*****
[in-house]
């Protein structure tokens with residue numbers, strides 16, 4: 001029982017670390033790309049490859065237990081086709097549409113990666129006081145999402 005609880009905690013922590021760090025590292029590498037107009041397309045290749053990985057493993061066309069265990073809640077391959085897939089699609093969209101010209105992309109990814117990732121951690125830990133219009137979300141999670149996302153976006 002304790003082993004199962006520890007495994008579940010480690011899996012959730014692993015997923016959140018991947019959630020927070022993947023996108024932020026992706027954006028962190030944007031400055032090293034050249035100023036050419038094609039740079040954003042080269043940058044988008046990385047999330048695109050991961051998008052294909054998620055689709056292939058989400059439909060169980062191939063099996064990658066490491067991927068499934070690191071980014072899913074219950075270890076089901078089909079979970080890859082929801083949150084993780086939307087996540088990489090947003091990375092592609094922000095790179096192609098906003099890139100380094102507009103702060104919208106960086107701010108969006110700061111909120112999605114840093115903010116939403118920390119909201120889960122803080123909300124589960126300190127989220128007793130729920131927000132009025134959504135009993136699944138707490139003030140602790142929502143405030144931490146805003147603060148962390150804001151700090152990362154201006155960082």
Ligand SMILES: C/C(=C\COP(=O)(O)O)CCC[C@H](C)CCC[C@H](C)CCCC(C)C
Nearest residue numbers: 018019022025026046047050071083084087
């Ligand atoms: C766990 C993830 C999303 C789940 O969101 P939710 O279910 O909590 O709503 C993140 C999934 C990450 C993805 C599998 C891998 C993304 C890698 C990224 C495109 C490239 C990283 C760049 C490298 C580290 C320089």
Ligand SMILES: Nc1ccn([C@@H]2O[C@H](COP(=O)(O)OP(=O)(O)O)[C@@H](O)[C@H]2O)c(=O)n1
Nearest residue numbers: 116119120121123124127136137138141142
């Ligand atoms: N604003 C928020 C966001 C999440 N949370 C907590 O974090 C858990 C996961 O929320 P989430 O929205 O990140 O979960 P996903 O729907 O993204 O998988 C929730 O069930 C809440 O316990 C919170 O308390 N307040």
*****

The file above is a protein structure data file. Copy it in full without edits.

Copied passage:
[in-house]
């Protein structure tokens with residue numbers, strides 16, 4: 001029982017670390033790309049490859065237990081086709097549409113990666129006081145999402 005609880009905690013922590021760090025590292029590498037107009041397309045290749053990985057493993061066309069265990073809640077391959085897939089699609093969209101010209105992309109990814117990732121951690125830990133219009137979300141999670149996302153976006 002304790003082993004199962006520890007495994008579940010480690011899996012959730014692993015997923016959140018991947019959630020927070022993947023996108024932020026992706027954006028962190030944007031400055032090293034050249035100023036050419038094609039740079040954003042080269043940058044988008046990385047999330048695109050991961051998008052294909054998620055689709056292939058989400059439909060169980062191939063099996064990658066490491067991927068499934070690191071980014072899913074219950075270890076089901078089909079979970080890859082929801083949150084993780086939307087996540088990489090947003091990375092592609094922000095790179096192609098906003099890139100380094102507009103702060104919208106960086107701010108969006110700061111909120112999605114840093115903010116939403118920390119909201120889960122803080123909300124589960126300190127989220128007793130729920131927000132009025134959504135009993136699944138707490139003030140602790142929502143405030144931490146805003147603060148962390150804001151700090152990362154201006155960082």
Ligand SMILES: C/C(=C\COP(=O)(O)O)CCC[C@H](C)CCC[C@H](C)CCCC(C)C
Nearest residue numbers: 018019022025026046047050071083084087
């Ligand atoms: C766990 C993830 C999303 C789940 O969101 P939710 O279910 O909590 O709503 C993140 C999934 C990450 C993805 C599998 C891998 C993304 C890698 C990224 C495109 C490239 C990283 C760049 C490298 C580290 C320089």
Ligand SMILES: Nc1ccn([C@@H]2O[C@H](COP(=O)(O)OP(=O)(O)O)[C@@H](O)[C@H]2O)c(=O)n1
Nearest residue numbers: 116119120121123124127136137138141142
């Ligand atoms: N604003 C928020 C966001 C999440 N949370 C907590 O974090 C858990 C996961 O929320 P989430 O929205 O990140 O979960 P996903 O729907 O993204 O998988 C929730 O069930 C809440 O316990 C919170 O308390 N307040």